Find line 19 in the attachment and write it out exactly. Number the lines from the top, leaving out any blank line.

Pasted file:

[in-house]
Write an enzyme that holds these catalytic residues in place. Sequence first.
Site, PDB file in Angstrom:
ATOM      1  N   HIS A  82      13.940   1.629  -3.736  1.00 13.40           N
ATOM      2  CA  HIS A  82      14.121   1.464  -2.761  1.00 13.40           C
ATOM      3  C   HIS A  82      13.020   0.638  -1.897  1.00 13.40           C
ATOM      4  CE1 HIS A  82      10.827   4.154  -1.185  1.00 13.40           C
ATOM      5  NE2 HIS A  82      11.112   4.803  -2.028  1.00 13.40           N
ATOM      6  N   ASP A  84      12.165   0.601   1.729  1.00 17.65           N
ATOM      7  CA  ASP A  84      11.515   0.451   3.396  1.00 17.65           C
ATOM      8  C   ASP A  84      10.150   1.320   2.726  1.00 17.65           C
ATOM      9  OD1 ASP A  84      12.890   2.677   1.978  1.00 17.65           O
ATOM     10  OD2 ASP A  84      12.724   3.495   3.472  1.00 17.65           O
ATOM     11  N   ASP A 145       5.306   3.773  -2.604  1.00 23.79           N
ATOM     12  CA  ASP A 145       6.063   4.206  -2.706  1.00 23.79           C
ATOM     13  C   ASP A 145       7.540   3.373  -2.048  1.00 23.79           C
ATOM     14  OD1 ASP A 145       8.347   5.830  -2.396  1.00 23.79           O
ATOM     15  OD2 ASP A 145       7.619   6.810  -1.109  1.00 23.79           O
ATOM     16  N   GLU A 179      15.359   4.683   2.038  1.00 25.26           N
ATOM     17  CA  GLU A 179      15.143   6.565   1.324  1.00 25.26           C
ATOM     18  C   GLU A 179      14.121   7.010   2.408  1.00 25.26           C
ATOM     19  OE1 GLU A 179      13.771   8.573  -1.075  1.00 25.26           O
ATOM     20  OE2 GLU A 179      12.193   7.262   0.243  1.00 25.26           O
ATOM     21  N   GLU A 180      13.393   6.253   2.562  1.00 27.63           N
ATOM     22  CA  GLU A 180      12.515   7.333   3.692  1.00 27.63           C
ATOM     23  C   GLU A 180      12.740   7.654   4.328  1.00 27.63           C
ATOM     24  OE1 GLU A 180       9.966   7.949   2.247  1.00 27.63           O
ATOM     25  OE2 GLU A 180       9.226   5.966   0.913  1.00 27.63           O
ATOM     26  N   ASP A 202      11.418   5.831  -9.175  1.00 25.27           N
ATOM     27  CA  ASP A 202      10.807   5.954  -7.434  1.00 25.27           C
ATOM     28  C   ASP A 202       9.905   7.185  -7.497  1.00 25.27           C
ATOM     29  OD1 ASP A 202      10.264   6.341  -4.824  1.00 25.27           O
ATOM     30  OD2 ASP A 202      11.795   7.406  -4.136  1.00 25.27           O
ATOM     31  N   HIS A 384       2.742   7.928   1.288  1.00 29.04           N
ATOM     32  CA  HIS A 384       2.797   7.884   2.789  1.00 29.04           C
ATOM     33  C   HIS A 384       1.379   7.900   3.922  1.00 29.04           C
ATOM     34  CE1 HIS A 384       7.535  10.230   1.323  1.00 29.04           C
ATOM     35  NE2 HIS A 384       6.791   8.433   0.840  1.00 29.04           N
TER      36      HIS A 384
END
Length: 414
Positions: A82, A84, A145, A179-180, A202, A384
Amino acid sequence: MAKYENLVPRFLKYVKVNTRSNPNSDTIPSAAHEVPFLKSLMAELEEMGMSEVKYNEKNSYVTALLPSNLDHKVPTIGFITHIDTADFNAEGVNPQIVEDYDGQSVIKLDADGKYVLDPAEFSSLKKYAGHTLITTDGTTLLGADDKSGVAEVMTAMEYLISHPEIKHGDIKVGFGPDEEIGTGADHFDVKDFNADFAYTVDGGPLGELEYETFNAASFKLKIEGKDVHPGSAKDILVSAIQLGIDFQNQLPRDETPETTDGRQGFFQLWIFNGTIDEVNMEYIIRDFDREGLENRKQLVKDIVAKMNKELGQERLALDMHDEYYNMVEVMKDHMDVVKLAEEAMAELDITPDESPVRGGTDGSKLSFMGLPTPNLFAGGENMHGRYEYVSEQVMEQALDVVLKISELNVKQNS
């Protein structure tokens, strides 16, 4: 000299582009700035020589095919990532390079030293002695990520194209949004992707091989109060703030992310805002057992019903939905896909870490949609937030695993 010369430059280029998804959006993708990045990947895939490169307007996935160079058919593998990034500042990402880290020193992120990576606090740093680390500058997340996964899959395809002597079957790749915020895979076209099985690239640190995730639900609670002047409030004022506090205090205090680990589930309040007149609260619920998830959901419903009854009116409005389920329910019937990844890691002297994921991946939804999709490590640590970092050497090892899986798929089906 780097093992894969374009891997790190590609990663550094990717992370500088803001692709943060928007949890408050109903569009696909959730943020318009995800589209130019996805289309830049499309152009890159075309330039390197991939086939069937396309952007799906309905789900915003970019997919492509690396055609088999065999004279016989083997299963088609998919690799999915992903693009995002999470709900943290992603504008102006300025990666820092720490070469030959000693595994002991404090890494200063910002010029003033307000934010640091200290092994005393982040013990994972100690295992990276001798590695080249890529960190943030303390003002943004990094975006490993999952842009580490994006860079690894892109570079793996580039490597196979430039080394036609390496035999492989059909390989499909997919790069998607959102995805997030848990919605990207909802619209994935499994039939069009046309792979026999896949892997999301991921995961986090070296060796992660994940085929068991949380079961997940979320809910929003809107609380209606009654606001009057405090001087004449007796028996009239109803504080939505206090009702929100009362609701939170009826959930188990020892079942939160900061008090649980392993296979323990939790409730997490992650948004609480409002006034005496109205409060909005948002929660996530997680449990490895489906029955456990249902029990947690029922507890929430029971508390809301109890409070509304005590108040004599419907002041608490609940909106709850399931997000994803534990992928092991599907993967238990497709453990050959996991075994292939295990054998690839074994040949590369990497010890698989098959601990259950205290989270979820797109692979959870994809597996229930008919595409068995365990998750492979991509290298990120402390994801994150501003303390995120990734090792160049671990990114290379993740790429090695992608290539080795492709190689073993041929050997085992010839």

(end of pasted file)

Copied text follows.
ATOM     16  N   GLU A 179      15.359   4.683   2.038  1.00 25.26           N